Being “responsible” as an adult usually means paying bills, going to work and looking after those under our care. In truth, a lot of things about responsibility can be a bit of a drag.
But for a child, being labelled responsible is often an exciting prospect because it makes them feel like they are grown up, have control over something and are trusted.
We all want our kids to grow up to be responsible adults who contribute to society, so what better time to start teaching them responsibility when they are eager to learn!
1. Start early – Even toddlers can have responsibilities such as helping put away toys. Letting them know early on that everyone contributes to the household is a good way of paving the way for responsibility, even before they can say the word!
2. Let them help – This can be hard for many time poor parents. Little kids love to help and often it means more work and frustration for us in the long run. However, if we keep turning them down, they will come to think their input it not needed and expect us to do it for them all the time. Take a deep breath and let them have a go.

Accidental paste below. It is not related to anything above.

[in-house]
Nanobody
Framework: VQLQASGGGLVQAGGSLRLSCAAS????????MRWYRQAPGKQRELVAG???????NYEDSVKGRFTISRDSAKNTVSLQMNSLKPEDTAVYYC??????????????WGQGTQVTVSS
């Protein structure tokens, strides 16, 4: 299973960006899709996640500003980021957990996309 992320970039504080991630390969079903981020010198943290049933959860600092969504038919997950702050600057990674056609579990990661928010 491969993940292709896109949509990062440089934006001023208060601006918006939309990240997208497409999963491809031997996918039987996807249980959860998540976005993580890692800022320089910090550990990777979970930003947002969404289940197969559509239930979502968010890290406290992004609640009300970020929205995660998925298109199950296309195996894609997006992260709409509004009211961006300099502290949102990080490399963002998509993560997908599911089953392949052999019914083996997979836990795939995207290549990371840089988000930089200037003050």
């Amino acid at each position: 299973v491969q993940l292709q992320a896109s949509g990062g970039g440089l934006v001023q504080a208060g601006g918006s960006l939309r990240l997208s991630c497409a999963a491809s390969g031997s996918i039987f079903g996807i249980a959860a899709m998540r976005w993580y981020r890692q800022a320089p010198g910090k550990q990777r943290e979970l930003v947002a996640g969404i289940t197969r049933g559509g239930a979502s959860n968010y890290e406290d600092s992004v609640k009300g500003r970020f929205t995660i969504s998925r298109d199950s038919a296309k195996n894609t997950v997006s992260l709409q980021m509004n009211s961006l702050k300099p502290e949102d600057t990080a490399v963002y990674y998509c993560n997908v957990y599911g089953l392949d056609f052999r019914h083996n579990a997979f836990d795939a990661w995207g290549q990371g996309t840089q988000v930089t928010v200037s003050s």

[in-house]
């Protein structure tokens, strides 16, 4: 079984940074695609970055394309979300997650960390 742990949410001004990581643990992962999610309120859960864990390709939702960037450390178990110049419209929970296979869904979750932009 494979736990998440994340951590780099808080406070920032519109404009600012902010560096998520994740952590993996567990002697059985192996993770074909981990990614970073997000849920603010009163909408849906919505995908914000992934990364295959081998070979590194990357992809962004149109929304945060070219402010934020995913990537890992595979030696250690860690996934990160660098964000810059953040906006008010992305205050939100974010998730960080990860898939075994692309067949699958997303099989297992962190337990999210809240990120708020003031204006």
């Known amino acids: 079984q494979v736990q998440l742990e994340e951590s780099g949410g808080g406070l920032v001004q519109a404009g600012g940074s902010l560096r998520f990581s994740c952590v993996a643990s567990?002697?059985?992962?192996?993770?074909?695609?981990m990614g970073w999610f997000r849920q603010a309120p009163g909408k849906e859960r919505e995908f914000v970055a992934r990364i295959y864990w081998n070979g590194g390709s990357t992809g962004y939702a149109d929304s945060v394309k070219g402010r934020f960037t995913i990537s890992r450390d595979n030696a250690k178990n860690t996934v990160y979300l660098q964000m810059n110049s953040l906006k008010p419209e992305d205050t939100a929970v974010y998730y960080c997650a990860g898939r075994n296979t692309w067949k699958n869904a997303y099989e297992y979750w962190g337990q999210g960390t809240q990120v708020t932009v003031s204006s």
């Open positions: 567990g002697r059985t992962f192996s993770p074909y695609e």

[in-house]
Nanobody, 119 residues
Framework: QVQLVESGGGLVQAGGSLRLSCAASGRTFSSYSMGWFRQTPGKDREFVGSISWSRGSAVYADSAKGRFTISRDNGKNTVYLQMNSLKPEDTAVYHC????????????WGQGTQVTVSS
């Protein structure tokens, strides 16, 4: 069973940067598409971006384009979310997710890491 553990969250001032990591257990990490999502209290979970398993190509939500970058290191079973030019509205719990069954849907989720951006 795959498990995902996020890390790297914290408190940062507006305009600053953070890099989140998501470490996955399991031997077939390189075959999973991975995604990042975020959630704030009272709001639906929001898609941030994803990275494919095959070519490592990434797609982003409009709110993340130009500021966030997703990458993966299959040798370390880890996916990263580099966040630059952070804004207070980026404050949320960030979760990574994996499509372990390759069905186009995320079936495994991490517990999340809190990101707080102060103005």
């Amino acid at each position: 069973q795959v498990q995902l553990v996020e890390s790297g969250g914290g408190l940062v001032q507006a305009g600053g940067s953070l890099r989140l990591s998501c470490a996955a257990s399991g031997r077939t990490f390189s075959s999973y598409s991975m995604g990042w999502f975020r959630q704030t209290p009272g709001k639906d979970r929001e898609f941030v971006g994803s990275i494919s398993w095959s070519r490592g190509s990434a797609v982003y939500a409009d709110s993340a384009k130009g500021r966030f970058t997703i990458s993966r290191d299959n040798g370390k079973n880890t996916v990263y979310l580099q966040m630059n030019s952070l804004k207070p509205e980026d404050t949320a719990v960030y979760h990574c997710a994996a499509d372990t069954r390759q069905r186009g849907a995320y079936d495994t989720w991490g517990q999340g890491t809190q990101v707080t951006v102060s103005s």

3. Teach consequences – Learning consequences is a big part of learning about responsibility. Let your child be responsible for their own things such as packing their school bag, remembering library books and sporting equipment. If they don’t do those things they will soon learn the consequences.
4. Give them structure – By having a routine, kids know what the expectations are. Most kids work well with structure. A checklist of their responsibilities is a good way to help keep them on track. Make any chores they have to do part of their routine to help remind them of their responsibilities. For example, do homework, feed the dog and have a shower before TV time.
5. Praise them – We all respond well to positive feedback. While no one probably thanks you for doing the dishes, giving kids praise when they complete a task will help reinforce the action and encourage them to take initiative elsewhere.
Teaching our kids responsibility is all part of fostering their emotional intelligence and help them grow into good humans.